But this is a Land Rover Range Rover, something as timeless as dirt and diamonds. We care not about digital discs and stuff. Line up all seven generations of Range Rovers and you will see there hasn’t been much revolutionary pen work over the years. Look close and you will see that someone did strike the refresh button for 2010. There are new headlights and taillights complete with LED lighting features, and a new front fascia for a look that is decidedly more handsome than our previous tester. Our particular model came bathed in Buckingham Blue which made the silver front grille and Range Rover lettering stand out all the better.
      If the Mercedes-Benz ML350 BlueTec is the poster child for big SUV efficiency, then the Rover is almost its polar opposite (I’m thinking the H1 Alpha stole the show though). The supercharged 5.0L V8 slurped fuel at the rate of 6.89 gallons for every 100 miles of travel (14.5 mpg), but it also moved briskly. If you had to choose one vehicle to be all things to all men, this might be it. It’s relatively quick, will haul some kids, cargo, a boat and go over the hills to Grandmother’s house in lavish comfort. That said, a Mercedes S-Class is far more capable of moving four people at a brisk pace in style and comfort–at least on paved roads. But if you have a statement to make, a desert to explorer, or a Lexus HS250h touting neighbor who is getting on your nerves, then the $98,625 Range Rover Supercharged might be just right for you.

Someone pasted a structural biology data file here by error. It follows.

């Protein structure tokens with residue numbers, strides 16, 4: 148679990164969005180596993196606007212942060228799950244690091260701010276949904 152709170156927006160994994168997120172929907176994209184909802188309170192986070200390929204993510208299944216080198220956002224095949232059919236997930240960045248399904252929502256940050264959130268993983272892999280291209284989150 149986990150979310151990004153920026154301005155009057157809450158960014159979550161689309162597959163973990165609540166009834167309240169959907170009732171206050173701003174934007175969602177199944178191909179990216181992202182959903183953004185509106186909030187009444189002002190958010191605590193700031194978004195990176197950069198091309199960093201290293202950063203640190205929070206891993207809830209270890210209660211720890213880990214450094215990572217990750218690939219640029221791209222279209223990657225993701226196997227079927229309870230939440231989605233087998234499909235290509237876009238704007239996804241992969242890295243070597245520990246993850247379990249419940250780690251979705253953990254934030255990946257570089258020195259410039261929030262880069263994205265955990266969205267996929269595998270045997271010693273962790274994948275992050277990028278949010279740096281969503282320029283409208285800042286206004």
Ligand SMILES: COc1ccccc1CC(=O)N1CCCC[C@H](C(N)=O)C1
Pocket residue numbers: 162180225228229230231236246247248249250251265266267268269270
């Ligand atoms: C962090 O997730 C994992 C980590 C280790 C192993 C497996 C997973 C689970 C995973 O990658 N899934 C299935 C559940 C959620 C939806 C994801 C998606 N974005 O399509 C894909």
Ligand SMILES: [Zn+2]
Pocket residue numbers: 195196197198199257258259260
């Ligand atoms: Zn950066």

The Good:
Plenty of power on tap, timeless shape, go-anywhere 4×4 mechanicals, seriously comfortable.
The Bad:
Thirsty (obviously), tight back seat, you still have to load DVDs in the cargo area.
The Verdict:
The right choice if you want one vehicle for everything, but any number of luxury sedans could do the on-road stuff even better.

Photos by Jason Muxlow

  1. September 17th, 2010 at 10:54 | #1

    Those tail lights are very techno looking … remind me of the Altezza movement from back in the day…

  1. November 13th, 2010 at 22:12 | #1
  2. June 16th, 2011 at 15:20 | #2